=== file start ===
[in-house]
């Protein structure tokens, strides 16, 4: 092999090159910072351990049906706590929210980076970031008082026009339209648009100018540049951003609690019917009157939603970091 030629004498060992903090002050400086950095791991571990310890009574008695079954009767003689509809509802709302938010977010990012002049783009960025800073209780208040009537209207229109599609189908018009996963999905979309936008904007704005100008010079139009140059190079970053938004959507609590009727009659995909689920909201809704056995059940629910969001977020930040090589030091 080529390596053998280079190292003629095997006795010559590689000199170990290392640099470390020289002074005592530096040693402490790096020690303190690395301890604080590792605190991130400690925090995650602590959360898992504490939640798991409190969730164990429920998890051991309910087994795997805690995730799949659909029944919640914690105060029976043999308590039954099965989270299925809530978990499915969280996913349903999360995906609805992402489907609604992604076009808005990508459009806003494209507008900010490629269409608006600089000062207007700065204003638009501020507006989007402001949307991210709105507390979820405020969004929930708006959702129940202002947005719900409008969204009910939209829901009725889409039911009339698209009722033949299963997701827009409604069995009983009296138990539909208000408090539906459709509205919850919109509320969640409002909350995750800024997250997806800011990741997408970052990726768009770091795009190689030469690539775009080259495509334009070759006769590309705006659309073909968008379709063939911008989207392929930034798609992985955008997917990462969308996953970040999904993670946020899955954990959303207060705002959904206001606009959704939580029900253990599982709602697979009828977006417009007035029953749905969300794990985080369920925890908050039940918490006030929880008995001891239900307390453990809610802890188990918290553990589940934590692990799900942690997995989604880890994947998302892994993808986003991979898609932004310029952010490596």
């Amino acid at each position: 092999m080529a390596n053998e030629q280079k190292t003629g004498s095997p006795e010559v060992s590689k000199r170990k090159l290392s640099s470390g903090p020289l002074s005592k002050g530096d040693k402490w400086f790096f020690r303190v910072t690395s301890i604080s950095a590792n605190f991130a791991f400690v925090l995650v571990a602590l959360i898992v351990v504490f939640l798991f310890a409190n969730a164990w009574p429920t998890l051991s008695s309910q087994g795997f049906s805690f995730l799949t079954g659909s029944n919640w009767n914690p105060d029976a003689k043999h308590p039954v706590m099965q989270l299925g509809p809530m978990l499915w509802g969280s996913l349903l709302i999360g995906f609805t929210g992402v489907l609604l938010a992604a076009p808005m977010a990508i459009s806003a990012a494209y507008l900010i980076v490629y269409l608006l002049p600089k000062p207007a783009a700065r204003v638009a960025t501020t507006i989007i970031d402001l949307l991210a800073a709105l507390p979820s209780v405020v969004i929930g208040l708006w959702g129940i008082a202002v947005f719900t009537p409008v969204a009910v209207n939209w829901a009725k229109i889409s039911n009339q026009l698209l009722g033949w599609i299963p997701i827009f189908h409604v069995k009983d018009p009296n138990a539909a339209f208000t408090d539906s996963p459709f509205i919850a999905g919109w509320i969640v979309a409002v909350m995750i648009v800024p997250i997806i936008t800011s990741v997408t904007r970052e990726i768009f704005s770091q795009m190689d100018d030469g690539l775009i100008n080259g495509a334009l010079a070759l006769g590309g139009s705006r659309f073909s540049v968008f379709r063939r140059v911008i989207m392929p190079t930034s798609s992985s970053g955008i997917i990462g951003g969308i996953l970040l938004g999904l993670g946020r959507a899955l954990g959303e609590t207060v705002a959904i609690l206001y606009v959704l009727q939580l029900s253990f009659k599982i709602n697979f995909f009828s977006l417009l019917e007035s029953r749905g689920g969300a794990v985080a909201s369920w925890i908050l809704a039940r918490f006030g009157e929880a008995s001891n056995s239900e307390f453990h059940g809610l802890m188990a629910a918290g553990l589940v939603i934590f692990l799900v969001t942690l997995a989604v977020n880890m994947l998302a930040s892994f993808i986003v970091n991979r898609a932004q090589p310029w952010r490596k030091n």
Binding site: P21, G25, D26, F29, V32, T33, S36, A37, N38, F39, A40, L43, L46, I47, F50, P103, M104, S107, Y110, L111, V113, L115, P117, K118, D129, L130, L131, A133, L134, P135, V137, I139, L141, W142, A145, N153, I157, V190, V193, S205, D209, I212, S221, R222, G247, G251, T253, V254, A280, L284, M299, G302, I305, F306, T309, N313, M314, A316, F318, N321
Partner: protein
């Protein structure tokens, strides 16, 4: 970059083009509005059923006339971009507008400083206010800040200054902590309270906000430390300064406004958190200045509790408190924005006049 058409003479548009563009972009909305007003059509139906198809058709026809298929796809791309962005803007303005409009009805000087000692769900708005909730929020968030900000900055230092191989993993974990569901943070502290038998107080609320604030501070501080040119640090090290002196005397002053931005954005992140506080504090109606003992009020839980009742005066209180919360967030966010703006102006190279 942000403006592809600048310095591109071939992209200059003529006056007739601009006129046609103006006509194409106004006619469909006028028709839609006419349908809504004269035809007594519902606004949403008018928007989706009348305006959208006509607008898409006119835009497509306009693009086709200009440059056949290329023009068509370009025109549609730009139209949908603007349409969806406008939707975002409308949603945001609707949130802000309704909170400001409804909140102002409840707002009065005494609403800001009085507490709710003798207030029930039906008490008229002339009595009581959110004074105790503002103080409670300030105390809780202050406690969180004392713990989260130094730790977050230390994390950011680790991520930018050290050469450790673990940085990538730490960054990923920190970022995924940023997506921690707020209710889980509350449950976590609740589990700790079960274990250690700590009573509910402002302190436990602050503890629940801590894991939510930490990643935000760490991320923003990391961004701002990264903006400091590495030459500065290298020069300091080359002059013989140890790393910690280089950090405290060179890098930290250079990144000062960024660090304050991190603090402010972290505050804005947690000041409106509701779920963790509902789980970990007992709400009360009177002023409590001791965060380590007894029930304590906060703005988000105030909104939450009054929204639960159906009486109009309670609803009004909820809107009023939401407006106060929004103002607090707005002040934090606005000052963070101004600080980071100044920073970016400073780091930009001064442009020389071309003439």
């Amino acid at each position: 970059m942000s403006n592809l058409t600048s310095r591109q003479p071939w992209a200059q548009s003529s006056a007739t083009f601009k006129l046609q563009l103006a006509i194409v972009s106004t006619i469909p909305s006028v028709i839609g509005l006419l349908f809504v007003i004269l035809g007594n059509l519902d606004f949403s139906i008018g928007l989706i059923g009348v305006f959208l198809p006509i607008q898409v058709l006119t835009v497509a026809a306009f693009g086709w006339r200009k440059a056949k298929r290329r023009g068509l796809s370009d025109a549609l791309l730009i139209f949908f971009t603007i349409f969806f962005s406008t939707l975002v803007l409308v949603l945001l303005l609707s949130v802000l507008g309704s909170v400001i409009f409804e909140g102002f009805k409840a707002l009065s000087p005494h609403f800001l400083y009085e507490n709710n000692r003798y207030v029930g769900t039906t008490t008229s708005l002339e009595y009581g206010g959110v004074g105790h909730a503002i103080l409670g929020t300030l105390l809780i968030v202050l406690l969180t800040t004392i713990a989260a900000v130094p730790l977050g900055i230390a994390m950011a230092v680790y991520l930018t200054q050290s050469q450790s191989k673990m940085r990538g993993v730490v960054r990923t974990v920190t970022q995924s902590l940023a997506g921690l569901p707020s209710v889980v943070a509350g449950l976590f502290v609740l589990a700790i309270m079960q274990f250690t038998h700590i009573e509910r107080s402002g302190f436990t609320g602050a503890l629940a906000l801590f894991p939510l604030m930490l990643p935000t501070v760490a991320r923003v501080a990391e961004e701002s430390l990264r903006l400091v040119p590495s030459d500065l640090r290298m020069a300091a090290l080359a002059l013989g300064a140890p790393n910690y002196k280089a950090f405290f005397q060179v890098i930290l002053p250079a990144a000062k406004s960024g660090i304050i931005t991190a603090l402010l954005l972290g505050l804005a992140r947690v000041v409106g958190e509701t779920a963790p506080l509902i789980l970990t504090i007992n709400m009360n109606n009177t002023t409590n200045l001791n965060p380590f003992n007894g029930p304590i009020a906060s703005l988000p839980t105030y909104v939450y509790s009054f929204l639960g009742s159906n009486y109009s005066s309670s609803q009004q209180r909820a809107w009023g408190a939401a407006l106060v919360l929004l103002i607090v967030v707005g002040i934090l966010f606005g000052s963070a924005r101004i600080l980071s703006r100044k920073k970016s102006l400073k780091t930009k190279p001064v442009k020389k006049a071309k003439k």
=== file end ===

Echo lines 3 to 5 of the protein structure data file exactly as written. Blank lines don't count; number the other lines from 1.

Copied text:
């Amino acid at each position: 092999m080529a390596n053998e030629q280079k190292t003629g004498s095997p006795e010559v060992s590689k000199r170990k090159l290392s640099s470390g903090p020289l002074s005592k002050g530096d040693k402490w400086f790096f020690r303190v910072t690395s301890i604080s950095a590792n605190f991130a791991f400690v925090l995650v571990a602590l959360i898992v351990v504490f939640l798991f310890a409190n969730a164990w009574p429920t998890l051991s008695s309910q087994g795997f049906s805690f995730l799949t079954g659909s029944n919640w009767n914690p105060d029976a003689k043999h308590p039954v706590m099965q989270l299925g509809p809530m978990l499915w509802g969280s996913l349903l709302i999360g995906f609805t929210g992402v489907l609604l938010a992604a076009p808005m977010a990508i459009s806003a990012a494209y507008l900010i980076v490629y269409l608006l002049p600089k000062p207007a783009a700065r204003v638009a960025t501020t507006i989007i970031d402001l949307l991210a800073a709105l507390p979820s209780v405020v969004i929930g208040l708006w959702g129940i008082a202002v947005f719900t009537p409008v969204a009910v209207n939209w829901a009725k229109i889409s039911n009339q026009l698209l009722g033949w599609i299963p997701i827009f189908h409604v069995k009983d018009p009296n138990a539909a339209f208000t408090d539906s996963p459709f509205i919850a999905g919109w509320i969640v979309a409002v909350m995750i648009v800024p997250i997806i936008t800011s990741v997408t904007r970052e990726i768009f704005s770091q795009m190689d100018d030469g690539l775009i100008n080259g495509a334009l010079a070759l006769g590309g139009s705006r659309f073909s540049v968008f379709r063939r140059v911008i989207m392929p190079t930034s798609s992985s970053g955008i997917i990462g951003g969308i996953l970040l938004g999904l993670g946020r959507a899955l954990g959303e609590t207060v705002a959904i609690l206001y606009v959704l009727q939580l029900s253990f009659k599982i709602n697979f995909f009828s977006l417009l019917e007035s029953r749905g689920g969300a794990v985080a909201s369920w925890i908050l809704a039940r918490f006030g009157e929880a008995s001891n056995s239900e307390f453990h059940g809610l802890m188990a629910a918290g553990l589940v939603i934590f692990l799900v969001t942690l997995a989604v977020n880890m994947l998302a930040s892994f993808i986003v970091n991979r898609a932004q090589p310029w952010r490596k030091n």
Binding site: P21, G25, D26, F29, V32, T33, S36, A37, N38, F39, A40, L43, L46, I47, F50, P103, M104, S107, Y110, L111, V113, L115, P117, K118, D129, L130, L131, A133, L134, P135, V137, I139, L141, W142, A145, N153, I157, V190, V193, S205, D209, I212, S221, R222, G247, G251, T253, V254, A280, L284, M299, G302, I305, F306, T309, N313, M314, A316, F318, N321
Partner: protein